Although it’s an easy way of making sure your cover doesn’t expire, letting your home insurance auto-renew can mean you’ll end up paying more.
Unless you tell your insurer not to auto-renew, most policies will automatically roll-over at the end of the policy.
If this happens it could mean you’re missing out on a better deal with a different provider.
Auto-renewal means that when your policy comes to an end your insurer automatically rolls it over to start again.
This usually happens around 12 months from when you first took out the policy.
Your insurer must contact you at least 21 days before your policy is due to end to tell you they’ll be renewing your contract.
When insurers auto-renew they’ll often increase your premium from the previous year - even if nothing’s changed on your policy.
In the same way that inflation rates can increase the cost of living, they can also impact the cost of your home insurance.
And if you’ve made a claim, added more expensive items to your policy, or extended your property since you last took out cover, this can also boost the cost.
Another factor that contributes to your premiums rising is insurers saving their best deals for new customers.
This is paid for by increasing the renewal prices for existing customers.
Research by Resolver found that 78% of the consumers surveyed between January and June 2021 were given a more expensive quote for their renewal compared to the previous year.
This can depend on your circumstances and how much cover you need. Any claims you’ve made in the previous year can also have an impact.
Making changes to your home that increase its rebuild cost, like adding an extension, and increasing the amount you need to cover, can lead to a bump in cost.
Even if you haven’t made any changes it’s likely that you’ll see a rise.
However, the Financial Conduct Authority (FCA) are putting a new law in place from 1 January 2022 which bans insurers from over-inflating home insurance premiums. This means that you’ll pay the same as new customers.
This should prevent big price hikes but in readiness for this insurers may increase premiums in the run-up.
This is a payment that some insurance providers automatically take from you as a deposit before the policy renewal.
The deposit amount is the same as a monthly premium and only applies to customers who pay for their insurance every month.
If you decide to renew with your current insurer, they’ll deduct this amount from the renewal price.
If you auto-renew your policy the process is automatic - it’s easy because you don’t need to do anything.
But there can also be major drawbacks to auto-renewal.
The price can be much higher and the amount of cover you need since you last took out a policy may have increased - simply auto-renewing might mean you’re not fully protected.
It’s quick and easy to compare insurance cover and prices from different providers.
Doing this in good time before your current policy ends can help to make sure you have the right cover at the right price.
It’s important to check the amount of cover you need hasn’t changed. It may have increased or decreased depending on your circumstances.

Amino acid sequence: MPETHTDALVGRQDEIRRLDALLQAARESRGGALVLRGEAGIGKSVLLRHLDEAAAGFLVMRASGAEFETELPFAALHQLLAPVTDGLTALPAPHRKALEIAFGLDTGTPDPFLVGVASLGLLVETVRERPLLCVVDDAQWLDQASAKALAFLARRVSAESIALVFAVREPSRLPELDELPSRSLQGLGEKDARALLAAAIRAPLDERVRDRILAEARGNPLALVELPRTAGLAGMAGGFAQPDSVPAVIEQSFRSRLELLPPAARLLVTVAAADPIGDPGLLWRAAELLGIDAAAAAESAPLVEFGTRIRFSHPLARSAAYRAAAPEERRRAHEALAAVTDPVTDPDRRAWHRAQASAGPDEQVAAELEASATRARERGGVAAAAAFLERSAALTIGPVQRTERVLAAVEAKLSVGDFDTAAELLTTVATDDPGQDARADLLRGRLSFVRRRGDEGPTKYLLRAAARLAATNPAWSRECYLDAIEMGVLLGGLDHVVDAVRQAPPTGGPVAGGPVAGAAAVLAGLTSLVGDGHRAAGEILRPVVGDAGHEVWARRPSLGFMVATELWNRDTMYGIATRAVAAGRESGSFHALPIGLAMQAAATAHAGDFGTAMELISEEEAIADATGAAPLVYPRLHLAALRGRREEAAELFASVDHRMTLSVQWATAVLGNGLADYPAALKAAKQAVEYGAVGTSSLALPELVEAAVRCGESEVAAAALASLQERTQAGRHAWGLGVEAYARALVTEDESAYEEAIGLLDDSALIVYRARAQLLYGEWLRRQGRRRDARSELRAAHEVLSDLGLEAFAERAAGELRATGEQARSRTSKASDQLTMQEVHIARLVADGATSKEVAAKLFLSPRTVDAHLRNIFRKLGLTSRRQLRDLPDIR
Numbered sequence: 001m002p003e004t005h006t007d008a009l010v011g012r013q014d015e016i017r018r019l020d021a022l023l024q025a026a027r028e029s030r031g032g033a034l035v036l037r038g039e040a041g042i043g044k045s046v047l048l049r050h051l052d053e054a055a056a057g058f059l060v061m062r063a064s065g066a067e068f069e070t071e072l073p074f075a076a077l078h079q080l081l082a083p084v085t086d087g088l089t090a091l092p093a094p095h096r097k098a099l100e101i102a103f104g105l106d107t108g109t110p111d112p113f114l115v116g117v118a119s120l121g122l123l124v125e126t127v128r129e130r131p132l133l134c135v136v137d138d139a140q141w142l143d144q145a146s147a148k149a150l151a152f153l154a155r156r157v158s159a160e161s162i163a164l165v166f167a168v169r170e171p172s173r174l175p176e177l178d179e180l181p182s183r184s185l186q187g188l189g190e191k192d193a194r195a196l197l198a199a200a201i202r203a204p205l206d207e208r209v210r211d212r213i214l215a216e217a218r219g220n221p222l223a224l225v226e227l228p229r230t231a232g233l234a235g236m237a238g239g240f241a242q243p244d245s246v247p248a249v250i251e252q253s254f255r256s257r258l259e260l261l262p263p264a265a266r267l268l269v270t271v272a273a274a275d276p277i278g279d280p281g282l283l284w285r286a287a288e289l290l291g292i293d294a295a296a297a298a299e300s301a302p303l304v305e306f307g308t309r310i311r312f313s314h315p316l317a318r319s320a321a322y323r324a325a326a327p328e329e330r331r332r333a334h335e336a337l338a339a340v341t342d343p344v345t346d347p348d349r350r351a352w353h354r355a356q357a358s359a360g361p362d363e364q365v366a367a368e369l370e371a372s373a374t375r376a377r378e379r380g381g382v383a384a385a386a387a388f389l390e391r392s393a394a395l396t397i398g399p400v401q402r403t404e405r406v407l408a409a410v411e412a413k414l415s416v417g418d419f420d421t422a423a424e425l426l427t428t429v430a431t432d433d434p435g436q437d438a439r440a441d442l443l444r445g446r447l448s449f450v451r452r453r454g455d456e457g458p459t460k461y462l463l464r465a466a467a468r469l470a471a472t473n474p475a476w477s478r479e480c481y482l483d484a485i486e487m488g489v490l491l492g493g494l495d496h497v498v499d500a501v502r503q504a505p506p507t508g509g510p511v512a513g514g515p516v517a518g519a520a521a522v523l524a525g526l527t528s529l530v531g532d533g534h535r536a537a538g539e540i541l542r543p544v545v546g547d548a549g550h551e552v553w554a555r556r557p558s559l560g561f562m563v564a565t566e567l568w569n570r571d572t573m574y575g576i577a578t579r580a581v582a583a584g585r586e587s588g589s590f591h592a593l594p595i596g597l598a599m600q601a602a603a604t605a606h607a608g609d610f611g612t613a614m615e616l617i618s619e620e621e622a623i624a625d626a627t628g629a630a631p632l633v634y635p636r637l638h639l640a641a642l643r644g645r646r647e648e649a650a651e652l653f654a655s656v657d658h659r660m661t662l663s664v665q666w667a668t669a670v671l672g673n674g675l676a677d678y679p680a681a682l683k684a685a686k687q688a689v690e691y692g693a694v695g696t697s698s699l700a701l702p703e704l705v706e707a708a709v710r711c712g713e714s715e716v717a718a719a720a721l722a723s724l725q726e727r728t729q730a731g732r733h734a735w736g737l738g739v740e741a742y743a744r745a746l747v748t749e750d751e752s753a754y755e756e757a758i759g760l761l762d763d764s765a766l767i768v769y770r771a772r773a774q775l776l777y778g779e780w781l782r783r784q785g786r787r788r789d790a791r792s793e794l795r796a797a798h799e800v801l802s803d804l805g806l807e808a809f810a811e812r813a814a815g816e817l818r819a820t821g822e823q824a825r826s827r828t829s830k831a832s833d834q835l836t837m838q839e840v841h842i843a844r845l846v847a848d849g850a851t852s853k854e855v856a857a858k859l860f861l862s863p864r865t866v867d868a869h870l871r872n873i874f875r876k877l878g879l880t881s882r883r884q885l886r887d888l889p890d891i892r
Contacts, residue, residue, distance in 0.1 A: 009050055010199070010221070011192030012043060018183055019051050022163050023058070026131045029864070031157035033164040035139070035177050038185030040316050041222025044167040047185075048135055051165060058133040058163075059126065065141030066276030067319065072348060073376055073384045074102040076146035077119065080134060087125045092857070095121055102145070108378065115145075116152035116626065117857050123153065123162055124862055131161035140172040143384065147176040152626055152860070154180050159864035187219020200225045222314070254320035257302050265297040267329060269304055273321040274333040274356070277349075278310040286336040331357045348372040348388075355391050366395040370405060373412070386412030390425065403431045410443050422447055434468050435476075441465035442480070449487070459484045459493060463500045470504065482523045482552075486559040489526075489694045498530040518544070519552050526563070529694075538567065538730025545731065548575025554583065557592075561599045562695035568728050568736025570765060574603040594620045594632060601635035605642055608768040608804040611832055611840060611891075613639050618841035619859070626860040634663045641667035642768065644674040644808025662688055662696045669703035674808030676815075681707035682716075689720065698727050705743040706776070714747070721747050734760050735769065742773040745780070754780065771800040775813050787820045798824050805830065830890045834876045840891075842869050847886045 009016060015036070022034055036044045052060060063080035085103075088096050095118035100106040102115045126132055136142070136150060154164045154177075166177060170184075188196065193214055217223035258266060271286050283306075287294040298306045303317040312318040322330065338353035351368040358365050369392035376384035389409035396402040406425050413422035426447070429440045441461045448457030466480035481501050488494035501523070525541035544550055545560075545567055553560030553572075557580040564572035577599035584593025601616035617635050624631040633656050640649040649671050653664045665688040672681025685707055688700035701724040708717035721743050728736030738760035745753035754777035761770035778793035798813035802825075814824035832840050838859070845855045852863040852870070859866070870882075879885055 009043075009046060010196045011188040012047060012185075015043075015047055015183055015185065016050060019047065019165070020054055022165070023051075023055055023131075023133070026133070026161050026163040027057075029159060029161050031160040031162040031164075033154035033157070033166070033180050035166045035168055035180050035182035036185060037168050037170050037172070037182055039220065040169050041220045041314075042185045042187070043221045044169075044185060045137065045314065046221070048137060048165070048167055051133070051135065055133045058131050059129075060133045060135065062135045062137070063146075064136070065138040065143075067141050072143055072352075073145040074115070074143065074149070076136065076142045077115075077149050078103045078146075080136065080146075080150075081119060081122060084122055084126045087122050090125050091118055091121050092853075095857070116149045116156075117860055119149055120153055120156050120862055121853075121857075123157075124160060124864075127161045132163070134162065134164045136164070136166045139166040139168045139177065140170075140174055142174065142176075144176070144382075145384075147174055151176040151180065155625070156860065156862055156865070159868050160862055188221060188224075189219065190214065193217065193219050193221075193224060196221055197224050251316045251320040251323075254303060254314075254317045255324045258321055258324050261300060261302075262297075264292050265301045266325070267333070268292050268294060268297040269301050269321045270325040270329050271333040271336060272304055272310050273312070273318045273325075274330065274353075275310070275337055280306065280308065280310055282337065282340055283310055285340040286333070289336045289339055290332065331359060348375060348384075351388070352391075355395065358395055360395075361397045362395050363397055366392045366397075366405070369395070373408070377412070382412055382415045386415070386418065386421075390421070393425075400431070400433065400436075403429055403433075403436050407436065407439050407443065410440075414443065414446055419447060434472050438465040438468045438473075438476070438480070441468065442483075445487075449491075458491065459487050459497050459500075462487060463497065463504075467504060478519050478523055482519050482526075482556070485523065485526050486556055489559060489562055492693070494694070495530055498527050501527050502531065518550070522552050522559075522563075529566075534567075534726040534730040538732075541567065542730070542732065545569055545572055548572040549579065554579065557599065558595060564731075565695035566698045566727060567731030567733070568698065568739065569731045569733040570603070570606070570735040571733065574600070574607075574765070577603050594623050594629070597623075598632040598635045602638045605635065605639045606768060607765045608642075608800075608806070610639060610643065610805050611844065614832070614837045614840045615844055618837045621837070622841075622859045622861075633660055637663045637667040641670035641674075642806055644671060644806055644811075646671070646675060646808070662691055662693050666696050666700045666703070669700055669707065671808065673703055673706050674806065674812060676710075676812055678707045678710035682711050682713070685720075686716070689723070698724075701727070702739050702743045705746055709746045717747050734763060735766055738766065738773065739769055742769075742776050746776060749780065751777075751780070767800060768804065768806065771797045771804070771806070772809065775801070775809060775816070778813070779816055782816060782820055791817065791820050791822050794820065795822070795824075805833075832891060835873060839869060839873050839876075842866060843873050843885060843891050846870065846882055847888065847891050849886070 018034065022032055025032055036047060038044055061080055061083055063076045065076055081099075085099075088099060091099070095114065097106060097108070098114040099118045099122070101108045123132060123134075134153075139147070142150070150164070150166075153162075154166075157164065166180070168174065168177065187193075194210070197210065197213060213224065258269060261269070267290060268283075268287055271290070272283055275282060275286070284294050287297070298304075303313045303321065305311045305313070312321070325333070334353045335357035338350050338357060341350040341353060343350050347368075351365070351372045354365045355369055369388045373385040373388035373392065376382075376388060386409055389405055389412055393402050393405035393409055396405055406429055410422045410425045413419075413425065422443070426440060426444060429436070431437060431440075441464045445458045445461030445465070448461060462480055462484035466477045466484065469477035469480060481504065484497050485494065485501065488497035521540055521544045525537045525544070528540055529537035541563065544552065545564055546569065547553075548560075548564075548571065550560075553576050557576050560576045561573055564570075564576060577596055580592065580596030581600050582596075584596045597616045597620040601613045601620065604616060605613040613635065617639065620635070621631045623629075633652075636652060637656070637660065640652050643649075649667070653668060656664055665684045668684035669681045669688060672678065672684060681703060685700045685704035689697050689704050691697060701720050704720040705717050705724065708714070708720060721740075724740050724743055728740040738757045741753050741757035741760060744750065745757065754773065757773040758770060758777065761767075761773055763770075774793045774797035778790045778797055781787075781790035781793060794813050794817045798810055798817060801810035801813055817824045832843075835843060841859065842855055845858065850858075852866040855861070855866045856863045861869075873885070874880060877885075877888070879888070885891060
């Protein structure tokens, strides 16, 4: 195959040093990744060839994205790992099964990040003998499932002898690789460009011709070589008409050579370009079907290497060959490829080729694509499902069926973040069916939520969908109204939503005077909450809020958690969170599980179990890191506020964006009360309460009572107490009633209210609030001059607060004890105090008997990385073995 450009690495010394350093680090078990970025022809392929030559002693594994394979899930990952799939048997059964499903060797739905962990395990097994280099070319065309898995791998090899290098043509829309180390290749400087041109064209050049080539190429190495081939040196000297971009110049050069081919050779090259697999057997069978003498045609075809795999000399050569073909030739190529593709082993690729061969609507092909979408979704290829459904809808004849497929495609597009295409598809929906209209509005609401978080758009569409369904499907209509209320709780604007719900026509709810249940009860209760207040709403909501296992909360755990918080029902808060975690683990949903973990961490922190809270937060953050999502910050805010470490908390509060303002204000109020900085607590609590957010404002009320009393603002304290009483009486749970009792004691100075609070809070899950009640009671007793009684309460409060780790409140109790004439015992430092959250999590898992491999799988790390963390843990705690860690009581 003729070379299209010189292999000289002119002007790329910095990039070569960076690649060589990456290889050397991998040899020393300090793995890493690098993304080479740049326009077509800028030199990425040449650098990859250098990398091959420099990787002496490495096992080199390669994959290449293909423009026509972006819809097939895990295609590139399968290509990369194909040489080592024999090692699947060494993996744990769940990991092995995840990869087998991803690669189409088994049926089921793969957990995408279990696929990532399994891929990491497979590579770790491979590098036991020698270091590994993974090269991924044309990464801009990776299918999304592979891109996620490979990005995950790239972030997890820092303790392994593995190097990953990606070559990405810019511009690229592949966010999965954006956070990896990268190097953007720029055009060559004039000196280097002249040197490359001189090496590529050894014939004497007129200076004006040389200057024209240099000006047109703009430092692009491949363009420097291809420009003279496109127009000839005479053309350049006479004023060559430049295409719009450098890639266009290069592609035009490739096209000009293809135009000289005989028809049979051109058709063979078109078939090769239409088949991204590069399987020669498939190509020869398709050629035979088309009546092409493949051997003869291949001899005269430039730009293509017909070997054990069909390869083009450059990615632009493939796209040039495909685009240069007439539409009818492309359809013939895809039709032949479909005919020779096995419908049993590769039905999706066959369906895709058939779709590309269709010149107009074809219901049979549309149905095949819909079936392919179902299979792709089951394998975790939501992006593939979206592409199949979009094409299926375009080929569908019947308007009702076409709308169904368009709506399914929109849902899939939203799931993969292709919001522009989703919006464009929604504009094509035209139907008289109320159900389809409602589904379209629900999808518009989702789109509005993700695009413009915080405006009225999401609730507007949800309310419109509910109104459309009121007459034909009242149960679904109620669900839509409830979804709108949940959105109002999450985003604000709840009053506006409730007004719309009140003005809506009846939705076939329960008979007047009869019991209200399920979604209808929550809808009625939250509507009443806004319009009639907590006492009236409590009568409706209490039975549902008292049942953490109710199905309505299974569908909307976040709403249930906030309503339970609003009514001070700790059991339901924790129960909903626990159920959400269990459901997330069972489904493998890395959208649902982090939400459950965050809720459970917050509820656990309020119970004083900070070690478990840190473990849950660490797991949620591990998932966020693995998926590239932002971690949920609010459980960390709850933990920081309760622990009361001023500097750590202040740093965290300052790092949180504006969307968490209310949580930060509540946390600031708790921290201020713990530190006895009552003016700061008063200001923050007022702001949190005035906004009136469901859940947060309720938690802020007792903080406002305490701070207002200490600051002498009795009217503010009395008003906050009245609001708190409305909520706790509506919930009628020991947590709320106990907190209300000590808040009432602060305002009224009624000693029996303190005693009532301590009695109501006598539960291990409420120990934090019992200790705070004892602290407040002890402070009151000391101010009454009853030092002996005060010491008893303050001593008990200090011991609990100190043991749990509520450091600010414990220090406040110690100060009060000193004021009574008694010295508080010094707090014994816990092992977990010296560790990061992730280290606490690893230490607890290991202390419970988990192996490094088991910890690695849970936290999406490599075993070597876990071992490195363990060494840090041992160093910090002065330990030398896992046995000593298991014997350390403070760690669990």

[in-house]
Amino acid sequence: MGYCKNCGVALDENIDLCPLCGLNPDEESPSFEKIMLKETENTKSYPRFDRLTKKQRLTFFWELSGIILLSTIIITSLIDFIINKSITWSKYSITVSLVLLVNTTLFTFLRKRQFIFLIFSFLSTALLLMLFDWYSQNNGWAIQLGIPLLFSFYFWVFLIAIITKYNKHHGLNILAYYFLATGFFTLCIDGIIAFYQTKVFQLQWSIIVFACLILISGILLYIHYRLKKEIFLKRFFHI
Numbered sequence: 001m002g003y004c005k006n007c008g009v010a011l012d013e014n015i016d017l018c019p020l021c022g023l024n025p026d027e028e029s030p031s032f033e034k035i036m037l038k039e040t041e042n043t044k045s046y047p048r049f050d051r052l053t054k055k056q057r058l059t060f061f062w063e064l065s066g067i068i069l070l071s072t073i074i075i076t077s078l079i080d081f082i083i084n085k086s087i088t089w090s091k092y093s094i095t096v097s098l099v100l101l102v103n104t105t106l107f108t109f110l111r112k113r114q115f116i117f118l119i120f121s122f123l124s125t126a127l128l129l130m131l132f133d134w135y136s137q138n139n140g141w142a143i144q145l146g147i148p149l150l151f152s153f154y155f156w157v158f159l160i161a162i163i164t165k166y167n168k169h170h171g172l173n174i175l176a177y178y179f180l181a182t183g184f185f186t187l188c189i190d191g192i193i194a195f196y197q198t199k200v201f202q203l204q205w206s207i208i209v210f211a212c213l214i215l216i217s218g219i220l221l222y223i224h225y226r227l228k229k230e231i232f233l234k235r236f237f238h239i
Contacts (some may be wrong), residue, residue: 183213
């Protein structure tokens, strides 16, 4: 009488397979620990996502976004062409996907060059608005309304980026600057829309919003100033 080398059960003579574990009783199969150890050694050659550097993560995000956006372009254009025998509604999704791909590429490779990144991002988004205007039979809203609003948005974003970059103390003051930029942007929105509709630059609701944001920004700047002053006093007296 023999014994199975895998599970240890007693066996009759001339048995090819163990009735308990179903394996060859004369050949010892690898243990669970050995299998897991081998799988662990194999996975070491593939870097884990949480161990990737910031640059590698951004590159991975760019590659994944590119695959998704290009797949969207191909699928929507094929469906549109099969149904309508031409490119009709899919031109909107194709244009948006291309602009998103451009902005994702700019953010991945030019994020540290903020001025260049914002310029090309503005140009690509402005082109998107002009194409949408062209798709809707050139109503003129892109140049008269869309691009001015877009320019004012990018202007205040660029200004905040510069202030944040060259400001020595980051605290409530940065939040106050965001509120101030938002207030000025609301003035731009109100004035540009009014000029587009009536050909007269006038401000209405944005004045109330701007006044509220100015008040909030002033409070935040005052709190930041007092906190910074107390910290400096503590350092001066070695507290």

Find out whether any items of jewellery or antique furniture have increased in value since you last had them insured.
Remember that items over a certain value may take you over the single item limit and might need to be listed separately.
Plus, if you’ve made home improvements and done anything that would increase the rebuild value of your home, you’ll need to let your insurer know.
Even though you’re auto-renewing, it’s still a good idea to get comparison quotes so that you can negotiate the renewal price with your current provider or decide to switch.
If your insurance has already auto-renewed you’ll be given a 14-day cooling-off period to change your mind.
During this time, you can contact your insurer to cancel your policy. To do this they’re likely to charge you an administration fee.
If you cancel after the cooling-off period the charges are likely to be higher.
If you’ve built up your no-claims discount (NCD) you should be able to transfer this to your new provider without any difficulty.
This is because there are records insurers can check to find out how long you’ve gone without claiming.
However, if there’s a break between policies it can be harder to move your NCD, as insurers usually want you to have had continuous cover.
Most home insurance policies last for 12 months, so you’ll need to renew your cover annually.
To get the best prices and quotes, it pays to start comparing policies from four weeks before your policy is due to end.
It doesn’t happen often, but insurers may refuse a renewal in certain circumstances.
For example, if you’ve made a lot of costly claims over the last 12 months or have been behind in paying your premiums.
If this happens your insurer may decide not to renew your policy for another year.
Speak to your insurer to find out why your renewal has been refused to see if you can resolve the issue. If they won’t renew your cover you can shop around for policies from other providers.
There are several ways to help keep your insurance premiums down:
Unless it’s a condition of your mortgage look around for cheaper alternatives
This reduces the amount of interest you pay and can reduce the cost of your home insurance
Use a contents calculator to make sure you’re not paying for more cover than you need
Improving your security with measures like burglar alarms and secure window and door locks can mean insurers offer a discount
Not making any claims on your home insurance can help to reduce your renewal premium
Buying contents and buildings cover together can sometimes be cheaper than buying two policies separately